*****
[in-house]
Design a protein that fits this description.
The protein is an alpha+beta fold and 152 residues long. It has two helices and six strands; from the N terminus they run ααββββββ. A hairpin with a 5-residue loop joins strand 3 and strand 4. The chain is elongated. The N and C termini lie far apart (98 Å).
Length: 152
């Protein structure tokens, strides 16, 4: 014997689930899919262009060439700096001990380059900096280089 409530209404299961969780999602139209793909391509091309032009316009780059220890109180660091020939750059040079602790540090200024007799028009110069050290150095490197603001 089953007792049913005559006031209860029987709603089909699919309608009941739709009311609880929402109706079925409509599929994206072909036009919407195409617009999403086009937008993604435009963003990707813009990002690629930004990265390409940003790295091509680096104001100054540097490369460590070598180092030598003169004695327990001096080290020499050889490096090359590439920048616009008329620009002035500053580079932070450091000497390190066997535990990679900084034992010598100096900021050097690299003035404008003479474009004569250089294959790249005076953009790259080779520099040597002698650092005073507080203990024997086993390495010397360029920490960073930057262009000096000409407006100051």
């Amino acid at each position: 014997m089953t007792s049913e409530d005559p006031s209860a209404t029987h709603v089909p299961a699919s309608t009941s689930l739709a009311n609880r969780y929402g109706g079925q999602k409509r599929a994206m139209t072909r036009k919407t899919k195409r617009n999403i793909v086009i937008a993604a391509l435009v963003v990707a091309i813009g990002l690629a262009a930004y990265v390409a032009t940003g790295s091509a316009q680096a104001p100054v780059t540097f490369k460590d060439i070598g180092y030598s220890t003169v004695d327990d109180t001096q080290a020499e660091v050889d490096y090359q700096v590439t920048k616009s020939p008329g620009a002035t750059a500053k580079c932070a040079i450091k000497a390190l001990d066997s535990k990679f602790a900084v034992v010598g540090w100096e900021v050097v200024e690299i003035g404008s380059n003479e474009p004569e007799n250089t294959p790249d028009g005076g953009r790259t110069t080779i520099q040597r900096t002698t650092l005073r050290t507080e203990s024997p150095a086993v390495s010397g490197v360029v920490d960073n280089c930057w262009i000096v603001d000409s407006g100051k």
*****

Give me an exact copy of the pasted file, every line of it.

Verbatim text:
[in-house]
Design a protein that fits this description.
The protein is an alpha+beta fold and 152 residues long. It has two helices and six strands; from the N terminus they run ααββββββ. A hairpin with a 5-residue loop joins strand 3 and strand 4. The chain is elongated. The N and C termini lie far apart (98 Å).
Length: 152
């Protein structure tokens, strides 16, 4: 014997689930899919262009060439700096001990380059900096280089 409530209404299961969780999602139209793909391509091309032009316009780059220890109180660091020939750059040079602790540090200024007799028009110069050290150095490197603001 089953007792049913005559006031209860029987709603089909699919309608009941739709009311609880929402109706079925409509599929994206072909036009919407195409617009999403086009937008993604435009963003990707813009990002690629930004990265390409940003790295091509680096104001100054540097490369460590070598180092030598003169004695327990001096080290020499050889490096090359590439920048616009008329620009002035500053580079932070450091000497390190066997535990990679900084034992010598100096900021050097690299003035404008003479474009004569250089294959790249005076953009790259080779520099040597002698650092005073507080203990024997086993390495010397360029920490960073930057262009000096000409407006100051």
């Amino acid at each position: 014997m089953t007792s049913e409530d005559p006031s209860a209404t029987h709603v089909p299961a699919s309608t009941s689930l739709a009311n609880r969780y929402g109706g079925q999602k409509r599929a994206m139209t072909r036009k919407t899919k195409r617009n999403i793909v086009i937008a993604a391509l435009v963003v990707a091309i813009g990002l690629a262009a930004y990265v390409a032009t940003g790295s091509a316009q680096a104001p100054v780059t540097f490369k460590d060439i070598g180092y030598s220890t003169v004695d327990d109180t001096q080290a020499e660091v050889d490096y090359q700096v590439t920048k616009s020939p008329g620009a002035t750059a500053k580079c932070a040079i450091k000497a390190l001990d066997s535990k990679f602790a900084v034992v010598g540090w100096e900021v050097v200024e690299i003035g404008s380059n003479e474009p004569e007799n250089t294959p790249d028009g005076g953009r790259t110069t080779i520099q040597r900096t002698t650092l005073r050290t507080e203990s024997p150095a086993v390495s010397g490197v360029v920490d960073n280089c930057w262009i000096v603001d000409s407006g100051k």